FRANKFORT, Ky. – Even with the turmoil of COVID-19, minority students in Kentucky achieved steady gains in college degrees and credentials last year, and overall, the state remains on pace to meet its educational attainment goals in 2030.
The Kentucky Council on Postsecondary Education (CPE) released those findings – among many others – as part of its annual progress report on colleges and universities in the commonwealth. It shows that, despite unprecedented disruptions during the spring 2020 semester, higher education continued to make important headway on key metrics in the 2019-20 academic year.
According to the data, some of the biggest gains occurred in degree production among underrepresented minority (URM) students. Compared to the previous year, URM bachelor’s degrees rose 4.8% at public universities in 2019-20. Credentials awarded to URM students also increased 7.1% at the Kentucky Community and Technical College System (KCTCS).
Overall, URM students earned 2,707 bachelor’s degrees and 4,679 associate degrees or credentials at public institutions last year, firmly beating strategic goals for the period.
CPE President Aaron Thompson said the numbers show impressive progress toward closing education gaps for one of the groups hit hardest by COVID-19. However, he cautioned that many of the pandemic’s most troubling disparities took hold during the current academic year, and he encouraged campus leaders to remain vigilant.
“The efforts of our campuses and students over the past year have been nothing short of heroic, and today’s report provides many reasons for optimism,” Thompson said. “I want to applaud all of our education leaders for their persistence and hard work. At the same time, let’s not forget that the effects of COVID-19 will linger for years to come, and our state is depending on us to maintain our momentum.”
The report shows positive trends in most of the focus areas that CPE targeted in its 2016-2021 strategic agenda, called “Stronger by Degrees.” The five-year plan established CPE’s 60×30 goal, an ambitious effort to raise the percentage of working-age Kentuckians with a high-quality postsecondary degree or certificate to 60 percent by the year 2030.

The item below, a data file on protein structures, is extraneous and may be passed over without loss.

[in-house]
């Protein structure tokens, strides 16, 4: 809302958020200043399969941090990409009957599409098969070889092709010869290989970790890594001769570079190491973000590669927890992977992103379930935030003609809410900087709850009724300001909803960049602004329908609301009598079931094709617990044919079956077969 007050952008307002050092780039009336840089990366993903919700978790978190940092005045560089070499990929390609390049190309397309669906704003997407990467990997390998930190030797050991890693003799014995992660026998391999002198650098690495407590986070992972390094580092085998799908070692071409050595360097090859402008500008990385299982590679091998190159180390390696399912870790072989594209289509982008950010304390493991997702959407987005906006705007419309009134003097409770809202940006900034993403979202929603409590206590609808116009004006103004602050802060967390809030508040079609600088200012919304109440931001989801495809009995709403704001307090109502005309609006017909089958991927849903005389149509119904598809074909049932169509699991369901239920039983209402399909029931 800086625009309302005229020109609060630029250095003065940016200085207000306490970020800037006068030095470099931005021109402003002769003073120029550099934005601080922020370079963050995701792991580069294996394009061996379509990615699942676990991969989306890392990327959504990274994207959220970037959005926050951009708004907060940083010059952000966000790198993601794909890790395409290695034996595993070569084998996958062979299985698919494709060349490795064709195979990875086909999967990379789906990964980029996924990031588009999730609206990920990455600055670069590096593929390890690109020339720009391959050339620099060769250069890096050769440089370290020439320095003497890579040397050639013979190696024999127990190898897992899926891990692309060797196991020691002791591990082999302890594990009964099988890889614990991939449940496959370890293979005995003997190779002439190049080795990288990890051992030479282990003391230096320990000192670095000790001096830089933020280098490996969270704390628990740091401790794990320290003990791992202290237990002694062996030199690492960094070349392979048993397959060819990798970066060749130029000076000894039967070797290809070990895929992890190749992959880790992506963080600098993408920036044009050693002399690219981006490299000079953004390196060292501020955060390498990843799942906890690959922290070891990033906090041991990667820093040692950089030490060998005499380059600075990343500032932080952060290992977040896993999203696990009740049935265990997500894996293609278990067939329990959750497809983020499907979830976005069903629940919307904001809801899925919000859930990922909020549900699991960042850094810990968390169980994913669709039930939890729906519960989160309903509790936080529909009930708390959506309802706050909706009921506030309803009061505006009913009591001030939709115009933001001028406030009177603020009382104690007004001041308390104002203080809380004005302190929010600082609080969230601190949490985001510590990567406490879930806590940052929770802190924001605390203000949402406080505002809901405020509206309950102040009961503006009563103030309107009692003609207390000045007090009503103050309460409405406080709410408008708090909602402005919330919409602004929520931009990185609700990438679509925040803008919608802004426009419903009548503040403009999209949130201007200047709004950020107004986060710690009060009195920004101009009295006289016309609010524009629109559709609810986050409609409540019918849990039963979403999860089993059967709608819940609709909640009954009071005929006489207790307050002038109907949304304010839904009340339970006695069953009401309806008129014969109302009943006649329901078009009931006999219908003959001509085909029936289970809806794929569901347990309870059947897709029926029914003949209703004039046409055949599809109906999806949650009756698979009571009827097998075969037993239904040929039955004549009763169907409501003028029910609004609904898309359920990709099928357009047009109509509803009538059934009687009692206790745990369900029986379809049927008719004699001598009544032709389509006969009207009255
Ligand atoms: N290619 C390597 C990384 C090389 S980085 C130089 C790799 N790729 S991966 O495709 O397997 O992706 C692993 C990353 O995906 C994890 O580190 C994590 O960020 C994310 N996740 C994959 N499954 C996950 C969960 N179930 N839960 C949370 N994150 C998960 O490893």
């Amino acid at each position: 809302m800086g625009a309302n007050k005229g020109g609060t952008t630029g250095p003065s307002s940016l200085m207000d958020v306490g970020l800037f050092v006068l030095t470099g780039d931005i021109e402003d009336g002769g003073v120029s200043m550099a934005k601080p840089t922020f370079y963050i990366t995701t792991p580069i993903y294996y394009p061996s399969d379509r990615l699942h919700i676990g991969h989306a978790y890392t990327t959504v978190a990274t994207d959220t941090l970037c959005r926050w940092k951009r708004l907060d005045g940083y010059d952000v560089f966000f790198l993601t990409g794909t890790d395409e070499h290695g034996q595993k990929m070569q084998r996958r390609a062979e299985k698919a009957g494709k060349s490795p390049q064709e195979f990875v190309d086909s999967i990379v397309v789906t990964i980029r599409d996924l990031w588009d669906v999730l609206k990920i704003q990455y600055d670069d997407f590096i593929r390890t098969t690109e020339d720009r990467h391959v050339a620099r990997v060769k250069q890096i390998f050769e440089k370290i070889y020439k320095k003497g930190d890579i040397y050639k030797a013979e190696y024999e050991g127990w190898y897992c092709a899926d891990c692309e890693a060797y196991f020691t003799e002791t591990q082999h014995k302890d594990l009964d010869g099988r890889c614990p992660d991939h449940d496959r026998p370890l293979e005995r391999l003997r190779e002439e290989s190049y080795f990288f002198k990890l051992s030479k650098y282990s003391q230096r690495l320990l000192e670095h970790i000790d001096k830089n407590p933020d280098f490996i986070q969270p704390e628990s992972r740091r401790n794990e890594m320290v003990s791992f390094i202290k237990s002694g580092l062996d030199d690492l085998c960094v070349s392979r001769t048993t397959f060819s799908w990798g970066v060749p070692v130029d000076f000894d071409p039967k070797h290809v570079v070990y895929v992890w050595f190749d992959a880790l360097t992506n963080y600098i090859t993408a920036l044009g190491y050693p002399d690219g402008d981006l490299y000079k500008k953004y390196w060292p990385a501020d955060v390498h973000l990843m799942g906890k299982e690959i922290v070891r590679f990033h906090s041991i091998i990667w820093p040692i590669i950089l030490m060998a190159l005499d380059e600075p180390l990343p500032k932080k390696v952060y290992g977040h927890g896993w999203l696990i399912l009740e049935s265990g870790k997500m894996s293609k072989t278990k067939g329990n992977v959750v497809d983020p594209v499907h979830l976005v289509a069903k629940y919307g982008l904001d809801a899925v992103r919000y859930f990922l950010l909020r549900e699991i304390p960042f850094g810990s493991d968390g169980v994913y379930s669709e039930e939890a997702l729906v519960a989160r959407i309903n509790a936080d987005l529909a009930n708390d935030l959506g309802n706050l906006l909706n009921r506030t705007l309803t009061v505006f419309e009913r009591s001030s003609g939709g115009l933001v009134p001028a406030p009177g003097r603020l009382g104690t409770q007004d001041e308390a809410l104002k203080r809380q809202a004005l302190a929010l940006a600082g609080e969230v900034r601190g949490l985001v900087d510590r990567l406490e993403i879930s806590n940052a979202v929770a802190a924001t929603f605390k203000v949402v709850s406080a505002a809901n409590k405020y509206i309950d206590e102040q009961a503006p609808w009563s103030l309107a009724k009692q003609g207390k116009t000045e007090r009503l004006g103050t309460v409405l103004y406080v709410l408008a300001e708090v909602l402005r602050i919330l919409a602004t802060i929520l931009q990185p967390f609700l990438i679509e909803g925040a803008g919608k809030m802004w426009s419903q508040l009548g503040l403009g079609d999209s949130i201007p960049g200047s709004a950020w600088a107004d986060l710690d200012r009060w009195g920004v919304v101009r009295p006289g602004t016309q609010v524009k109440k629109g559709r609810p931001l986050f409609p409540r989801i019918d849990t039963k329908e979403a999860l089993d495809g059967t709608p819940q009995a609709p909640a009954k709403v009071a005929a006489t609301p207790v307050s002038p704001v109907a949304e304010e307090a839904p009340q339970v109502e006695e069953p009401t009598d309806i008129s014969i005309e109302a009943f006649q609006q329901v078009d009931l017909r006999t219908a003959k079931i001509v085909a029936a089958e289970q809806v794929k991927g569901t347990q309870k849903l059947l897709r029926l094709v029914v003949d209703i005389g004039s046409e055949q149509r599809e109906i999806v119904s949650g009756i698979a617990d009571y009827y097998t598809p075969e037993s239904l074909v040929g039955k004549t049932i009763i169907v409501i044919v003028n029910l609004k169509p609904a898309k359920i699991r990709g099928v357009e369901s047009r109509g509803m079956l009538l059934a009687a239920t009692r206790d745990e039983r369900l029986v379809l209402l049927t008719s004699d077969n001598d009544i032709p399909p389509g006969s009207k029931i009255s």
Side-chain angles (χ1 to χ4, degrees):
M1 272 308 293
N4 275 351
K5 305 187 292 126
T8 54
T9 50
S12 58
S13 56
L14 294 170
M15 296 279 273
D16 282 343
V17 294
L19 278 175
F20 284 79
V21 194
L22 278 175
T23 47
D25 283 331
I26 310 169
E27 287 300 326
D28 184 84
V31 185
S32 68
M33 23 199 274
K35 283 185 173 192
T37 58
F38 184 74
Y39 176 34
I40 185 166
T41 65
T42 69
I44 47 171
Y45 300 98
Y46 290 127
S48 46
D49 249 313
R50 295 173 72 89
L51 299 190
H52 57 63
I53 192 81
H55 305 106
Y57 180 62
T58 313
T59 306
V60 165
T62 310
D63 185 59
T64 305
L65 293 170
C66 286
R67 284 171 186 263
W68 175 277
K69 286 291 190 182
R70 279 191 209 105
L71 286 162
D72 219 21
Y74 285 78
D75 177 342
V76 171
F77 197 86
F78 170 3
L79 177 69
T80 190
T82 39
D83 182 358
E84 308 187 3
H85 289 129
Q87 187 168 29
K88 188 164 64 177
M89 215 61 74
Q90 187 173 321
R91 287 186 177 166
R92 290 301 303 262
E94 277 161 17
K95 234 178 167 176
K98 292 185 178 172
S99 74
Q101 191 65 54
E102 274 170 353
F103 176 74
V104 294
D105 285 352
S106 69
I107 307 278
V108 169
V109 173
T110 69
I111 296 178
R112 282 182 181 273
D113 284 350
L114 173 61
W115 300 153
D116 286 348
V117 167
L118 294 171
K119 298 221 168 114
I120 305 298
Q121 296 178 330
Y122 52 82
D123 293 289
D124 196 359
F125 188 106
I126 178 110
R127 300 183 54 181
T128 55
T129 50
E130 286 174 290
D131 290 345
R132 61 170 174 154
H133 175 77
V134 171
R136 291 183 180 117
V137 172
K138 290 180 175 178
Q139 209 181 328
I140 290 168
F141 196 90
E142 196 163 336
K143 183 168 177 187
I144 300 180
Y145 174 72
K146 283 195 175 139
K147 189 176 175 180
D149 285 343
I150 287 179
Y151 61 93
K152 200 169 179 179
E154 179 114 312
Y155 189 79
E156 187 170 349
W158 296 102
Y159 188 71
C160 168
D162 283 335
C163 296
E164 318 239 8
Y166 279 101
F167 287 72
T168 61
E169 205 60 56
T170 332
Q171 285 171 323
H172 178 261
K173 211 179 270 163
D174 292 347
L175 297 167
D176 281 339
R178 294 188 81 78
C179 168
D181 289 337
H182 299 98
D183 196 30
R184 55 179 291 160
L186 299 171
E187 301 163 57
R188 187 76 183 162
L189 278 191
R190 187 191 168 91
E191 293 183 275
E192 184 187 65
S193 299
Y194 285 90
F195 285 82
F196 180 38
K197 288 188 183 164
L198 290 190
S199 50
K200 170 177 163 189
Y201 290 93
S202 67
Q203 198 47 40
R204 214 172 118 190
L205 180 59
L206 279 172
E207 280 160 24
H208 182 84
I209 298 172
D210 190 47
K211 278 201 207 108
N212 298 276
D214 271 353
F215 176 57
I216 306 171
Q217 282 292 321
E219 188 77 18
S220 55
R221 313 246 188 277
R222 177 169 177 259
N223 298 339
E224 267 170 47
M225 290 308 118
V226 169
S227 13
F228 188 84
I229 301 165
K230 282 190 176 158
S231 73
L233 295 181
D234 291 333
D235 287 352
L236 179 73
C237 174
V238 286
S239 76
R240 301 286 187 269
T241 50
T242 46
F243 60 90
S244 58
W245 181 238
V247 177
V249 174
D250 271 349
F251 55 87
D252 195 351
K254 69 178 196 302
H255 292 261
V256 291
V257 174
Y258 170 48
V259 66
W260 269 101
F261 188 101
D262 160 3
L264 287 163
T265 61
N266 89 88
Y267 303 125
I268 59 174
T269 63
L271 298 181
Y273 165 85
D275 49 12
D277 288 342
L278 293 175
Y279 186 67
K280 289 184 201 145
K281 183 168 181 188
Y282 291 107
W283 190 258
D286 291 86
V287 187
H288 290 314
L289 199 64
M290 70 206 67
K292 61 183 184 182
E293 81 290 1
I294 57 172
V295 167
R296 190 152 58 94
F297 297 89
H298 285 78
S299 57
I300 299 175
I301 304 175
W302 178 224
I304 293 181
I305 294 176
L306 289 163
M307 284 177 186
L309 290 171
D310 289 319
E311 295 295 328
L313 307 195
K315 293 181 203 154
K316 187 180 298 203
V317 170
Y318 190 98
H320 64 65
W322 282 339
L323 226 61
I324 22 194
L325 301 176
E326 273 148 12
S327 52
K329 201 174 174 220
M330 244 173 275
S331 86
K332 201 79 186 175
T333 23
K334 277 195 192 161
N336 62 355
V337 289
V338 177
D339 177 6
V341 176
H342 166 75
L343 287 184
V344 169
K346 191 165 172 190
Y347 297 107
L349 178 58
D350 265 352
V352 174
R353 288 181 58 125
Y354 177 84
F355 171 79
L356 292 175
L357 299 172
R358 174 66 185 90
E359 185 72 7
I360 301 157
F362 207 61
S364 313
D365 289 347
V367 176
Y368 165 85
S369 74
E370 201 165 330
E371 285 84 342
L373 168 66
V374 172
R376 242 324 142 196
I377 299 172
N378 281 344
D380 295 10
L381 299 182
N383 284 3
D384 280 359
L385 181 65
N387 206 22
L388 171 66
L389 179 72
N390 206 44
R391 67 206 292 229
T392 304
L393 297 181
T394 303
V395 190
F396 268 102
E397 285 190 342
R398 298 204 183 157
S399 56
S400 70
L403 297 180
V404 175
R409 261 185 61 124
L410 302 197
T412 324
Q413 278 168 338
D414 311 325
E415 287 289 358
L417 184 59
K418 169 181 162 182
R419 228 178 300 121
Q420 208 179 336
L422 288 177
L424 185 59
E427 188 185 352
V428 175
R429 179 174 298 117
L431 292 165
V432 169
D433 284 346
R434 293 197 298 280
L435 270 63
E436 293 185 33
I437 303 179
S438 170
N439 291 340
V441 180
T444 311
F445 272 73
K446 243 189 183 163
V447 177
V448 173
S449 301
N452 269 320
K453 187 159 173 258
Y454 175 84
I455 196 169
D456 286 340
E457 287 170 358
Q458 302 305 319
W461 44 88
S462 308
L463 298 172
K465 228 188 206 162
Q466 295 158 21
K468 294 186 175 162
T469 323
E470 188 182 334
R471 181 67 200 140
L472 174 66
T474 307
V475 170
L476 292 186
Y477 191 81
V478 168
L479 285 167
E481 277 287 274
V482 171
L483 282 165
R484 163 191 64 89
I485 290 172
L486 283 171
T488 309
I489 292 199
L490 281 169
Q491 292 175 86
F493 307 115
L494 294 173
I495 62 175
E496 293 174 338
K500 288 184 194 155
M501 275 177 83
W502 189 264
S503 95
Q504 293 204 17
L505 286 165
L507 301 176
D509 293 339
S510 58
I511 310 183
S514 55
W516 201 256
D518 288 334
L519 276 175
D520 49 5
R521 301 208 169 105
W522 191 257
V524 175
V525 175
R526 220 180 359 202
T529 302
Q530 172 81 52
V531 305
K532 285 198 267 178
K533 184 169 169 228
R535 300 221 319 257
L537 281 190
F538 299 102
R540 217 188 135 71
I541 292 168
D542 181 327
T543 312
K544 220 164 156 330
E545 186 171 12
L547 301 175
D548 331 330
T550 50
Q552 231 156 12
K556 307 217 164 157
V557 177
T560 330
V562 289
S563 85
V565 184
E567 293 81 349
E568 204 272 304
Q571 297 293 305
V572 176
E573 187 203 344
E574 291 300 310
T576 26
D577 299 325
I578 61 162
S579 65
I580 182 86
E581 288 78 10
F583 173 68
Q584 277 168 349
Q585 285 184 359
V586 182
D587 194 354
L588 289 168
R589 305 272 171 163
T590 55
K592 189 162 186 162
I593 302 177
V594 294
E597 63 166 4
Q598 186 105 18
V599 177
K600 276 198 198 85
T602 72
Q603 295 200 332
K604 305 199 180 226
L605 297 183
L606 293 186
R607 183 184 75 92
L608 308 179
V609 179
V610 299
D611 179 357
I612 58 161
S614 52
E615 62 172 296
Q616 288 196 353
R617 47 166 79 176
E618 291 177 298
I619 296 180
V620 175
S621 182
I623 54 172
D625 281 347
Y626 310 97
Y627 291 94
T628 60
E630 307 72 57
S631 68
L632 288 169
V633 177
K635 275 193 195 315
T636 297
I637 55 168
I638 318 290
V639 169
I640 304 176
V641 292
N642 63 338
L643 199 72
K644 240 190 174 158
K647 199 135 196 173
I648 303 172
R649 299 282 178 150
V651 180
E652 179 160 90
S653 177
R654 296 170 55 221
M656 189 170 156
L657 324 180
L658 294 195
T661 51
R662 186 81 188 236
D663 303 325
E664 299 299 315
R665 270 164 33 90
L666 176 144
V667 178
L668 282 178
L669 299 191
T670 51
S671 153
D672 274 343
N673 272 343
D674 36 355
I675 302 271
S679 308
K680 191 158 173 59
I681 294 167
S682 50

According to the latest data, Kentucky remains ahead of schedule. More than 49% of Kentucky adults now have a postsecondary credential, up from 43.6% in 2015. In all, bachelor’s degrees awarded by public universities increased 0.7% to 19,147 in 2019-20. KCTCS conferred 9,966 associate degrees, a 1% increase, and short-term certificates jumped 8.4% to 27,347.
Degrees and credentials awarded to low-income students climbed 5.5% at KCTCS and 0.5% at public universities compared to the previous year. Also, degrees and credentials in STEM+H fields rose 4.8% at KCTCS. While STEM+H degrees declined slightly at public universities, they remained ahead of strategic goals.
In addition to degree production, graduation rates continued to rise at public institutions in 2019-20. The six-year graduation rate at public universities reached 56.4%, up from 55% the year prior. KCTCS also increased its three-year graduation rate to 36.3%, compared to 33.9% a year ago, exceeding its strategic target. Graduation rates for both low-income and URM students improved at all levels.
Likewise, first-year to second-year retention rates improved at every public university. Regarding the overall rate for Kentucky public universities, retention rose 2.5 percentage points over the previous year to 80.7%. The rate for URM students increased 6.5 percentage points, while retention among low-income students climbed 4.4 percentage points.
At KCTCS, the overall retention rate rose to 57.1%, an increase of 1.6 percentage points over the previous year. Retention there increased 1.4 percentage points among URM students and 1.3 percentage points among low-income students.
Despite the gains, Kentucky still faces some long-term challenges. The in-state college-going rate, for instance, has fallen from 54% in 2015 to 50.5% last year – a sign that college is less accessible for Kentucky families. Also, fewer adult learners are returning to school, complicating the path toward CPE’s 60×30 goal.
Lee Nimocks, CPE vice president for strategy and chief of staff, said the results from today’s report will help inform the planning process for CPE’s next five-year strategic agenda. Officials plan to complete the new agenda by spring 2021, including updates to the performance metrics.
“It’s clear this process is driving substantial progress all across the state,” Nimocks said. “We now have four years of comprehensive data to build on, and that will help us refine our objectives and focus in on Kentucky’s most critical needs. We look forward to working with our campus partners and stakeholders as we move forward throughout the year.”
The report is available at http://cpe.ky.gov/data/publications.html.